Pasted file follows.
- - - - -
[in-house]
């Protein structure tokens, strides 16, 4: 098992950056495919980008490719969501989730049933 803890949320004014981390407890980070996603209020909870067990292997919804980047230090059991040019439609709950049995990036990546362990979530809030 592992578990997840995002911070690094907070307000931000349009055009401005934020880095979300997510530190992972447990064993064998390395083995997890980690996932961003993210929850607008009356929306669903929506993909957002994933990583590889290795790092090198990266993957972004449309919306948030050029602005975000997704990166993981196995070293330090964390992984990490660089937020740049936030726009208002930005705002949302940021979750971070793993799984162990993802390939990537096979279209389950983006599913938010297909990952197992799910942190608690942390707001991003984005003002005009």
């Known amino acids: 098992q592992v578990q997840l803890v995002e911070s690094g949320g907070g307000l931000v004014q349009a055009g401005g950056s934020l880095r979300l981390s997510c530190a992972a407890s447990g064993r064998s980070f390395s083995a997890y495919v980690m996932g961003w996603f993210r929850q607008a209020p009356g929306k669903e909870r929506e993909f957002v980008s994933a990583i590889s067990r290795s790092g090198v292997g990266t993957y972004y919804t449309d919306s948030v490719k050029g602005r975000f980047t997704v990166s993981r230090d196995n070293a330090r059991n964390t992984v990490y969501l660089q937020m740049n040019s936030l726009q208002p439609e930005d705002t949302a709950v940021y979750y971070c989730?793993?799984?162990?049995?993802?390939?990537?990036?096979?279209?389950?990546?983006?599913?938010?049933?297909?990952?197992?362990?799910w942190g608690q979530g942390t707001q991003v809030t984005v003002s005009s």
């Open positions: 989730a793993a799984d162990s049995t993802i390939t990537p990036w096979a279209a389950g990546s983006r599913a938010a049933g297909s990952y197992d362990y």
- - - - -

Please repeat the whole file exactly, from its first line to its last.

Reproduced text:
[in-house]
């Protein structure tokens, strides 16, 4: 098992950056495919980008490719969501989730049933 803890949320004014981390407890980070996603209020909870067990292997919804980047230090059991040019439609709950049995990036990546362990979530809030 592992578990997840995002911070690094907070307000931000349009055009401005934020880095979300997510530190992972447990064993064998390395083995997890980690996932961003993210929850607008009356929306669903929506993909957002994933990583590889290795790092090198990266993957972004449309919306948030050029602005975000997704990166993981196995070293330090964390992984990490660089937020740049936030726009208002930005705002949302940021979750971070793993799984162990993802390939990537096979279209389950983006599913938010297909990952197992799910942190608690942390707001991003984005003002005009």
């Known amino acids: 098992q592992v578990q997840l803890v995002e911070s690094g949320g907070g307000l931000v004014q349009a055009g401005g950056s934020l880095r979300l981390s997510c530190a992972a407890s447990g064993r064998s980070f390395s083995a997890y495919v980690m996932g961003w996603f993210r929850q607008a209020p009356g929306k669903e909870r929506e993909f957002v980008s994933a990583i590889s067990r290795s790092g090198v292997g990266t993957y972004y919804t449309d919306s948030v490719k050029g602005r975000f980047t997704v990166s993981r230090d196995n070293a330090r059991n964390t992984v990490y969501l660089q937020m740049n040019s936030l726009q208002p439609e930005d705002t949302a709950v940021y979750y971070c989730?793993?799984?162990?049995?993802?390939?990537?990036?096979?279209?389950?990546?983006?599913?938010?049933?297909?990952?197992?362990?799910w942190g608690q979530g942390t707001q991003v809030t984005v003002s005009s």
């Open positions: 989730a793993a799984d162990s049995t993802i390939t990537p990036w096979a279209a389950g990546s983006r599913a938010a049933g297909s990952y197992d362990y």